From the conflict with Ukraine to sports competitions and mass tragedies, Russia saw no shortage of events that shaped the nation in 2018.
Most Russians agreed with Putin and named the opening of a 19-kilometer stretch of asphalt and rebar from mainland Russia to the annexed Crimean peninsula in May as the most important event of 2018.
After Putin unveiled the auto section of the bridge built by his judo partner and childhood friend Arkady Rotenberg, the Kremlin had to defend its construction from U.S. criticism as well as suggestions on how to destroy it.
Proposed against the backdrop of the FIFA World Cup opening ceremony to minimize its impact, the unpopular increase in the Russians’ retirement age still emerged as the second-most important event of the year.
There were protests, concessions, still more protests and dips in the ruling class’s popularity ratings throughout the summer. And yet, the pension reform moved swiftly through the legislative process, paving the way for the government to begin raising Russians’ retirement ages starting in 2019.
Outside observers may have seen them as anti-climactic, but the elections that handed Putin his fourth term as president in March were deemed important enough to grab the third spot.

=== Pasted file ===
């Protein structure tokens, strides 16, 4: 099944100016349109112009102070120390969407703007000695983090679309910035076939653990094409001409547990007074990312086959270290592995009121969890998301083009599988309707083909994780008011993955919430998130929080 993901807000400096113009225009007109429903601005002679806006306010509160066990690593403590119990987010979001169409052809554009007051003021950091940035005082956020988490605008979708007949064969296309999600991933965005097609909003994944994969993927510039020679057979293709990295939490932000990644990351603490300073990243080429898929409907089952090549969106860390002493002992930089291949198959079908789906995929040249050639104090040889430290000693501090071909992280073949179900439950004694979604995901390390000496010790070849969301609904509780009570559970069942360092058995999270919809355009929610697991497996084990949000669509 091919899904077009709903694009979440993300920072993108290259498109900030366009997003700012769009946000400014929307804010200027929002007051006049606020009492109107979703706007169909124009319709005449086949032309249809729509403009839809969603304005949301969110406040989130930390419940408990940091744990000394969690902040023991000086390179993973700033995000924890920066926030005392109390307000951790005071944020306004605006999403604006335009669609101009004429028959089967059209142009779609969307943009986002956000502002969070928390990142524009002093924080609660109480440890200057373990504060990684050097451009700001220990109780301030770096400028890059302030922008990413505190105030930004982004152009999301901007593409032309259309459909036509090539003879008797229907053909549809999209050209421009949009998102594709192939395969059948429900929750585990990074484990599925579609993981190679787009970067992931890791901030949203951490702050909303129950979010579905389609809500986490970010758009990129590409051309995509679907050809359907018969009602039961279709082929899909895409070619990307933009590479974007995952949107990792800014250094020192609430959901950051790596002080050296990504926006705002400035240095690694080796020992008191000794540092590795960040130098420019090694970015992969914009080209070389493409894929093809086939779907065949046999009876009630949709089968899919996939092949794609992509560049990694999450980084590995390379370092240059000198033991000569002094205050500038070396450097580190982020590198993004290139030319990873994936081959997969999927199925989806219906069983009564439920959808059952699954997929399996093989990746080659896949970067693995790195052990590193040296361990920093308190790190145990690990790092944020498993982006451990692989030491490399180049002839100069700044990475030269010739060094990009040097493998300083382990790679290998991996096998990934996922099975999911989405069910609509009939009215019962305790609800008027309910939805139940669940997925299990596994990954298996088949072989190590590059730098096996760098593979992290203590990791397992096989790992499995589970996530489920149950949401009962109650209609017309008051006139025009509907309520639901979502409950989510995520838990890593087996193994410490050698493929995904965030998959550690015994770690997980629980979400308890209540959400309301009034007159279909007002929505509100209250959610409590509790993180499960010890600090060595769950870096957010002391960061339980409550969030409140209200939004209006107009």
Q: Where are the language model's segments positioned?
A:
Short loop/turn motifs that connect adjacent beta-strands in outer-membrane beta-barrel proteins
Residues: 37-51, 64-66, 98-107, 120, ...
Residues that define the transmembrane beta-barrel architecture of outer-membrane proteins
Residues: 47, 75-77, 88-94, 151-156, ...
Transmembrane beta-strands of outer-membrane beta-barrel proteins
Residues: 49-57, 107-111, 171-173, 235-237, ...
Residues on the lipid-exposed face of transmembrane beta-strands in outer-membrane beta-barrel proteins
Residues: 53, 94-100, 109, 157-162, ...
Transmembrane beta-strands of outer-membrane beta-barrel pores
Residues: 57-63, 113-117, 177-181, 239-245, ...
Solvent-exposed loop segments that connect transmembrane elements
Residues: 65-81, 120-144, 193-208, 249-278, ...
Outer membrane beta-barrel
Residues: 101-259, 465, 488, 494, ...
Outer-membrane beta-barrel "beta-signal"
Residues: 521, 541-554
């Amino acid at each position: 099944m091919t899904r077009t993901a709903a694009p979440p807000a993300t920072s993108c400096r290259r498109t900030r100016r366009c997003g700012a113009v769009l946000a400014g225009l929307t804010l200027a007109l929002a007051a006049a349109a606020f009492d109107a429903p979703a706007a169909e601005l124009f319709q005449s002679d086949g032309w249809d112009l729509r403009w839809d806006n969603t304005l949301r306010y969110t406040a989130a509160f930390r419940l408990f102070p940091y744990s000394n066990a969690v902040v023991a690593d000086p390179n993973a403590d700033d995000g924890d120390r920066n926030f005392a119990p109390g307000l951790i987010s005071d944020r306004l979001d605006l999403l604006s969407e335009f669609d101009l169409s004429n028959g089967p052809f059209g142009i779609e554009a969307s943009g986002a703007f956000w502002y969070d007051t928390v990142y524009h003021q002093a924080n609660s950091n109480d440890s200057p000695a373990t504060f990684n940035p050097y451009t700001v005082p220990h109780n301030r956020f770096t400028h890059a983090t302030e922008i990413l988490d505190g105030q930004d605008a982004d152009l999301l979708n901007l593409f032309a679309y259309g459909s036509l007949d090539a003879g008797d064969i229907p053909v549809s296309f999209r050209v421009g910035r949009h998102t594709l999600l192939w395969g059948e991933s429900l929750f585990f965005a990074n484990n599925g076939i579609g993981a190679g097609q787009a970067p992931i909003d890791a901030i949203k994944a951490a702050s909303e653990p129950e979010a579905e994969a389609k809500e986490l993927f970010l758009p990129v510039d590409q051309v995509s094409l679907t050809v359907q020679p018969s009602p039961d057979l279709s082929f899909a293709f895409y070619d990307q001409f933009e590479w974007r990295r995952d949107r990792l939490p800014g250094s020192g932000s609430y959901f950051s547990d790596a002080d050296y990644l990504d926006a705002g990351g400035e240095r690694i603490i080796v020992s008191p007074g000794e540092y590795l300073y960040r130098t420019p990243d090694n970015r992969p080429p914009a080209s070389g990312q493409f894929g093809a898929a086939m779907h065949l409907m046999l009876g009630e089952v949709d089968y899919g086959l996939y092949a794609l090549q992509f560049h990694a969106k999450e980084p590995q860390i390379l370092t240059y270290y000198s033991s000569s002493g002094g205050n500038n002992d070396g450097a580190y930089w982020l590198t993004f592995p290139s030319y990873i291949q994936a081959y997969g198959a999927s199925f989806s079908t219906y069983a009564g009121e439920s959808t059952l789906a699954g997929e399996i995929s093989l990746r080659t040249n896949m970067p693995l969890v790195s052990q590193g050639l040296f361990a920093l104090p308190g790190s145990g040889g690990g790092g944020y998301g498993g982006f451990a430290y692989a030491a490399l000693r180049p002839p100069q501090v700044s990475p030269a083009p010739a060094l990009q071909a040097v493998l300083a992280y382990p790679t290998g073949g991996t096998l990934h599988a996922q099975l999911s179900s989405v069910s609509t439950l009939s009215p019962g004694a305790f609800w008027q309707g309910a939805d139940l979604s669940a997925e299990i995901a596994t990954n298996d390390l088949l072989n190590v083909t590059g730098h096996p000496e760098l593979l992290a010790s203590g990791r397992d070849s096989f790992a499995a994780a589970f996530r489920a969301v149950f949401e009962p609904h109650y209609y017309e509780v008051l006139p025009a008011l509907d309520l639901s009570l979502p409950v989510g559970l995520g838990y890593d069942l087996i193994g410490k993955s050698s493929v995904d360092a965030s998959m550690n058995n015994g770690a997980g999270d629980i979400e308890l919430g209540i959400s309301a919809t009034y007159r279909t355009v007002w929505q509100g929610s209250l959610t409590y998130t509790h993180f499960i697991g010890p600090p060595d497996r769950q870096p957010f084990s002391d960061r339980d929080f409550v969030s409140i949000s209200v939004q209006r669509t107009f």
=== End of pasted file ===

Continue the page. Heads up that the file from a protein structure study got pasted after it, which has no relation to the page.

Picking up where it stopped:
Putin’s victory extended his total time in office to nearly a quarter of a century until 2024, when he will turn 71, and has sparked talk of constitutional changes to keep him in power even longer.
Nothing gripped the nation quite like the Russian football team’s unexpected advance from the group stage to the quarterfinals, earning the admiration of fans for their steadfast spirit.
At the Bolshoi Theater New Year’s Eve gala on Thursday, Putin named the tournament that Russia hosted in 2018 one of the year’s two landmark events.
The mall fire in the Siberian city of Kemerovo that claimed 64 lives, most of them children, stood as a symbol for official negligence as the investigation uncovered a litany of failures.
Exits were blocked, a fire alarm failed to go off, security guards neglected to notify visitors and investigators uncovered a series of violations in this tragedy that Russians named the fifth-most significant event of 2018.
Levada conducted its survey among 1,600 respondents in 52 Russian regions on Dec. 13-19.